Starting this upcoming 2013 school term, 45 states will start field-testing the new Common Core standards. Under President Bush’s education reform in the No Child Left Behind Act, states were still free to set their own standards. Then, starting in 2008, the National Governor’s Association commissioned a new set of standards intended to be national. In order to get funding from President Obama’s Race to the Top program, states must submit to these new standards.
California adopted the Common Core standards the day of the deadline to receive national funding. Alaska, Texas, Virginia, Minnesota, and Nebraska did not sign on.
Common Core is somewhat controversial albeit not across traditional party lines. Many are concerned with a loss of local control, the increase in cost, the homogenization of education and the greater emphasis on testing. For some states, whose standards are severely lacking, Common Core is a change for the better. However, it also reins back the states with excellent and well-established standards.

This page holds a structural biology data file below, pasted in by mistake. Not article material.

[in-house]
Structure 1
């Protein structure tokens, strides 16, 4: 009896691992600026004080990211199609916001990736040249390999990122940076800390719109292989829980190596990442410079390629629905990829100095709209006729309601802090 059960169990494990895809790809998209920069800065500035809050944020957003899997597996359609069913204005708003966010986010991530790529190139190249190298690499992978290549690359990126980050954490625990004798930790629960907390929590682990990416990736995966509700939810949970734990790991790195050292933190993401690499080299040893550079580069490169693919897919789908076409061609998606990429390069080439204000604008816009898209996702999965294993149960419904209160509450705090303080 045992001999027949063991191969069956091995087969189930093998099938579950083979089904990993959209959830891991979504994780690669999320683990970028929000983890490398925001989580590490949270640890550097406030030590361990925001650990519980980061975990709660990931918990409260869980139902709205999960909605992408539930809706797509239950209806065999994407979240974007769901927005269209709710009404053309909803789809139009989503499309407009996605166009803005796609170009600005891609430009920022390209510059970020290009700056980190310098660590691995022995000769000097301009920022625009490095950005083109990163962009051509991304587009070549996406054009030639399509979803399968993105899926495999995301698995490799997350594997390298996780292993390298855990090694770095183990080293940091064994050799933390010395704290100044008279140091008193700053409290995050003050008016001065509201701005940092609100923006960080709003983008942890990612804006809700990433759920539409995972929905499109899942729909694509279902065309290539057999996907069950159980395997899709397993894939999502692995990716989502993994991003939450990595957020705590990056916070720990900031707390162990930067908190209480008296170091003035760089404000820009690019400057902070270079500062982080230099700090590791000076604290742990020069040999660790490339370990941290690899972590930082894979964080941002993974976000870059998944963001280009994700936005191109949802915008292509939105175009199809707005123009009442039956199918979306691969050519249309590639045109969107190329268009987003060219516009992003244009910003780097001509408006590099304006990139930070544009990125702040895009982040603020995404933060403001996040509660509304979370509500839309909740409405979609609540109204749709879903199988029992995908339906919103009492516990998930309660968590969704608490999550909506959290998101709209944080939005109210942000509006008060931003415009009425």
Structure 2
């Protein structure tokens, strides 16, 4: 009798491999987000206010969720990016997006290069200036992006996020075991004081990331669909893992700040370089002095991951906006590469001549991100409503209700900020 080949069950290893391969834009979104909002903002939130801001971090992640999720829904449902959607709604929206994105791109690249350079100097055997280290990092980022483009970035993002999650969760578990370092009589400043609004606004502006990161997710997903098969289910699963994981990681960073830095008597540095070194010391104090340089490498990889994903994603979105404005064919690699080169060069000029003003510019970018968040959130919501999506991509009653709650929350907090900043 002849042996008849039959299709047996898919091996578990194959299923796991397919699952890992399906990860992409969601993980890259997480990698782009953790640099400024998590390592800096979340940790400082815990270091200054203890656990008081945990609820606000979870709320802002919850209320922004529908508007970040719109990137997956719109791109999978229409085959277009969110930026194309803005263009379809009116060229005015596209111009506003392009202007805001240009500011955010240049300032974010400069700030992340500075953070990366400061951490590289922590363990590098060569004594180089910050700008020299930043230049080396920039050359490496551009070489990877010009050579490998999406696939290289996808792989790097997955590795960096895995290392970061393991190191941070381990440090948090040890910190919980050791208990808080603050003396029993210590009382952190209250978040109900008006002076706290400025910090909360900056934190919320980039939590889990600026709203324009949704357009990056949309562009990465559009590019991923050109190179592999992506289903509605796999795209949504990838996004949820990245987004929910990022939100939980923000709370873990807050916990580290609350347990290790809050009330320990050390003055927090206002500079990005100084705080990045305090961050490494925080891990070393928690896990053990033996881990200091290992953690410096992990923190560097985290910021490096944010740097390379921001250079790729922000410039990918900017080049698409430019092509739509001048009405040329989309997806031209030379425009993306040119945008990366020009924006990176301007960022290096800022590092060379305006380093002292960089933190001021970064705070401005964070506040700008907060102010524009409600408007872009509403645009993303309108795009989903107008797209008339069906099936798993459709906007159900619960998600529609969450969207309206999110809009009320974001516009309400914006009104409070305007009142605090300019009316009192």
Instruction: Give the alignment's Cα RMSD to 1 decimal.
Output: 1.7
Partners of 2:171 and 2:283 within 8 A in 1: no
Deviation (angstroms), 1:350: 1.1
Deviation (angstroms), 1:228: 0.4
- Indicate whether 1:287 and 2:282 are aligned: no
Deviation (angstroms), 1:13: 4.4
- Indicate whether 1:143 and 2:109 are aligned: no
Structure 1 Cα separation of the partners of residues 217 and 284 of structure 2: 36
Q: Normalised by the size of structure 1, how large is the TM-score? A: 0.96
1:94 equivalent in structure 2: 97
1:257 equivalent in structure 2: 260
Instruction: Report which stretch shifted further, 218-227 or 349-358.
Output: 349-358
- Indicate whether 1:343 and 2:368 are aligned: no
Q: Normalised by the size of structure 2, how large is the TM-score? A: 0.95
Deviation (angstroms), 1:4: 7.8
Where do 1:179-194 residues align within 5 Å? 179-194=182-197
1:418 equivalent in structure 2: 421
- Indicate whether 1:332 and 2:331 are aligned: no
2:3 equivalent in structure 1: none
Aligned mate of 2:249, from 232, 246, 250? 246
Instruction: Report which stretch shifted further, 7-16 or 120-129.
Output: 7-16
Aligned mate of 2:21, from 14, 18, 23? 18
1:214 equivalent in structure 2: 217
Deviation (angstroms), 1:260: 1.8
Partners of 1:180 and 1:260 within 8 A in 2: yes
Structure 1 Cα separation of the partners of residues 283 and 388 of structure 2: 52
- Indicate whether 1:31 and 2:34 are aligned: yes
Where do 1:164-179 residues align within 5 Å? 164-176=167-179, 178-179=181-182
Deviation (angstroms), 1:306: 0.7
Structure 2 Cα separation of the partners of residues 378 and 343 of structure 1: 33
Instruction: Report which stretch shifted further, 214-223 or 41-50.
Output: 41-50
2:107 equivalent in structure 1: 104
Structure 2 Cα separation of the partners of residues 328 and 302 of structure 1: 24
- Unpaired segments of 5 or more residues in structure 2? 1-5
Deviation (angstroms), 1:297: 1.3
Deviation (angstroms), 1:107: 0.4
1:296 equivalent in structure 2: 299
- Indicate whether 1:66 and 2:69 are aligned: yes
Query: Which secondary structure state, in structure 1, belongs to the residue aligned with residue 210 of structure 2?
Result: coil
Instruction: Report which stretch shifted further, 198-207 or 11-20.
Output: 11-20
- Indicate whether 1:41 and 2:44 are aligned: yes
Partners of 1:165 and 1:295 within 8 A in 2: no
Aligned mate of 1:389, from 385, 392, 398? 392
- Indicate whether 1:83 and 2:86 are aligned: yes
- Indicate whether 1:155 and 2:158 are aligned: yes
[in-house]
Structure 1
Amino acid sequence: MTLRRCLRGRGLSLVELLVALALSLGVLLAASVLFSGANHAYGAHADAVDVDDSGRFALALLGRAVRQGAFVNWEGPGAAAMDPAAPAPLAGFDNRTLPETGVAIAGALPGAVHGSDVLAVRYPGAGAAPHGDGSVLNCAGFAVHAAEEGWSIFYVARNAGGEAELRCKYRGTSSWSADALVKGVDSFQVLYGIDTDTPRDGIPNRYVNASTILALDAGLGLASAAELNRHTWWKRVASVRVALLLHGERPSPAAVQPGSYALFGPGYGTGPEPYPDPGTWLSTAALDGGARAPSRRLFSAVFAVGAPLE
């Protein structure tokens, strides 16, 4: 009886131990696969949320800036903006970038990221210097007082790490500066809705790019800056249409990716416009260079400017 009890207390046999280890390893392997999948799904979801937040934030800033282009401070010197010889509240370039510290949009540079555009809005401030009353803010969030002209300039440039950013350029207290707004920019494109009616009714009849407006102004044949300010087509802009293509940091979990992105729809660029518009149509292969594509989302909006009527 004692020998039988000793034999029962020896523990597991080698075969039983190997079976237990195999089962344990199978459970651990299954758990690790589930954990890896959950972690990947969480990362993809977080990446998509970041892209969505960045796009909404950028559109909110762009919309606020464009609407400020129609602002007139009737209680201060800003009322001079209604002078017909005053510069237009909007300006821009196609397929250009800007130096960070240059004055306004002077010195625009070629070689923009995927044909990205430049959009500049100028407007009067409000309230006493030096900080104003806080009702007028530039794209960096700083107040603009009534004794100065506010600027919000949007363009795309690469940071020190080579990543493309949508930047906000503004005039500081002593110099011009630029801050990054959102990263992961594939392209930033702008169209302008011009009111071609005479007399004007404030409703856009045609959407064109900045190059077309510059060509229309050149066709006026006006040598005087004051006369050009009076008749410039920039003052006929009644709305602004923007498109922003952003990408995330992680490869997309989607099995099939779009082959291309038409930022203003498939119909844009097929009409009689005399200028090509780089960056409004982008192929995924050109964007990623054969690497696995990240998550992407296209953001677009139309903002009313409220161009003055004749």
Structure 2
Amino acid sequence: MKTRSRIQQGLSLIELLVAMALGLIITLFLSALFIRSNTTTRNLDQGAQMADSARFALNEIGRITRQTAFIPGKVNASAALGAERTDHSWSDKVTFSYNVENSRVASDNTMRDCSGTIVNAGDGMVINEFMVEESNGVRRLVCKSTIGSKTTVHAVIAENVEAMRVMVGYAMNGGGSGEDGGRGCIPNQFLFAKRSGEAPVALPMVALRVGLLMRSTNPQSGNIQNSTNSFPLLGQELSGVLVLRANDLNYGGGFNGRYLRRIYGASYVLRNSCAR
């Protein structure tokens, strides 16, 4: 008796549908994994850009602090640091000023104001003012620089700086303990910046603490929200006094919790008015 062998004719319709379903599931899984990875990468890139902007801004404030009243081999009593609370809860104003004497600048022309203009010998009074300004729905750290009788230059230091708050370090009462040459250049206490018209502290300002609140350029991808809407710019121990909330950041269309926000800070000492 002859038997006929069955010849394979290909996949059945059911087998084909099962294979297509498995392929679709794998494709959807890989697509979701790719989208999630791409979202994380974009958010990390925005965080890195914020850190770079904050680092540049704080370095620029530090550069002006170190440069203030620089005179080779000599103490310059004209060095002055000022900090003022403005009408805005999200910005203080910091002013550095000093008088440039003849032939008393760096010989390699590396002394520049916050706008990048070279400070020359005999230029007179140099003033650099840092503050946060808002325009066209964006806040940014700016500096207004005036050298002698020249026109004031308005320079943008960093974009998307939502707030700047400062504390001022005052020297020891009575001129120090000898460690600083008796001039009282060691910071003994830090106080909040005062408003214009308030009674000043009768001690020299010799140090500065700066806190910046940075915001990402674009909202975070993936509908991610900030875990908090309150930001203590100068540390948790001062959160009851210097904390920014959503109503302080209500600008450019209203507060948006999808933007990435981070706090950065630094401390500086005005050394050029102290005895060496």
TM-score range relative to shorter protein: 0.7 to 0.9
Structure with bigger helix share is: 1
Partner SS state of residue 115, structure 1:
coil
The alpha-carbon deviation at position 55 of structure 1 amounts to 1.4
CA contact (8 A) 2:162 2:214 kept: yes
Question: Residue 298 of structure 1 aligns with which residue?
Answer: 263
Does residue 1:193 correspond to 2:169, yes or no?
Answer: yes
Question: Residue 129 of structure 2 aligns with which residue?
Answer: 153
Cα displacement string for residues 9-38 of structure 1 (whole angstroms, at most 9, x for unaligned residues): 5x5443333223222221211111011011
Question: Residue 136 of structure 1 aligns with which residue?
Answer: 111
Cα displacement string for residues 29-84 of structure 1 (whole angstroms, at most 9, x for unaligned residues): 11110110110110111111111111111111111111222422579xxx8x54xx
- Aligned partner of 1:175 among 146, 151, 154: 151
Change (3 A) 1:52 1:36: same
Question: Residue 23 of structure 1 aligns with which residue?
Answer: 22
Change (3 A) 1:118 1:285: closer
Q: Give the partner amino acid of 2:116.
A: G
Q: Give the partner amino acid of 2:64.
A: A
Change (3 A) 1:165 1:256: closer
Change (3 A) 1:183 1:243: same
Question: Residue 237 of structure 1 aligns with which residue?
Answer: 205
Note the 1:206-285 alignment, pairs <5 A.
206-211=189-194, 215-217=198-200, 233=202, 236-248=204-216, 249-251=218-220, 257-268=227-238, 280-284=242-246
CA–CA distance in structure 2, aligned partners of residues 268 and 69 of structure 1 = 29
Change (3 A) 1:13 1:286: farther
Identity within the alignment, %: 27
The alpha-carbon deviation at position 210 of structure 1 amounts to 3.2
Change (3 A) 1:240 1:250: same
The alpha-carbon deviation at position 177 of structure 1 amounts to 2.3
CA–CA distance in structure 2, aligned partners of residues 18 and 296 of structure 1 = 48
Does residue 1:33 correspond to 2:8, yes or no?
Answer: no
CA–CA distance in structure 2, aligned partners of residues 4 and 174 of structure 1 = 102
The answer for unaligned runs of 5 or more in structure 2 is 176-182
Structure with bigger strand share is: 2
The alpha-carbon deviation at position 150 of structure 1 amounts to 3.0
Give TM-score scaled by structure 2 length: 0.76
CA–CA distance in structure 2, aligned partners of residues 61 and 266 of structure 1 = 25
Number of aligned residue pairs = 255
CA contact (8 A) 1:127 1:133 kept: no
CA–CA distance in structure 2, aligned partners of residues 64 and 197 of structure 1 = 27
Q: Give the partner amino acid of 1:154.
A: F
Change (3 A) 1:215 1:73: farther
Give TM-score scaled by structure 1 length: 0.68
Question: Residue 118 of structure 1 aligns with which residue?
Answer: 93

Given the globalization of the workforce, the standards intend to measure individual aptitude with international standards in mind. The goal of the standards is to make access to educational material more consistently available across the country.
The standards have been popular among teachers. 75% of those polled in a survey by the American Federation of Teachers approved the standards. However, 74% also feel unprepared and worry about implementing the new standards even though 43% of teachers have received formal training. This summer, some teachers will be attending camps to learn how to implement the Common Core standards.
Most teachers polled feel that the new standards will place greater emphasis on testing and teaching for a test. Perhaps as a consequence, fully 83% of all teachers polled favor a moratorium on the consequences of the new Common Core standards until they have been in place for more than a year. Subsequently, Common Core will replace older standards starting in the 2014 school term.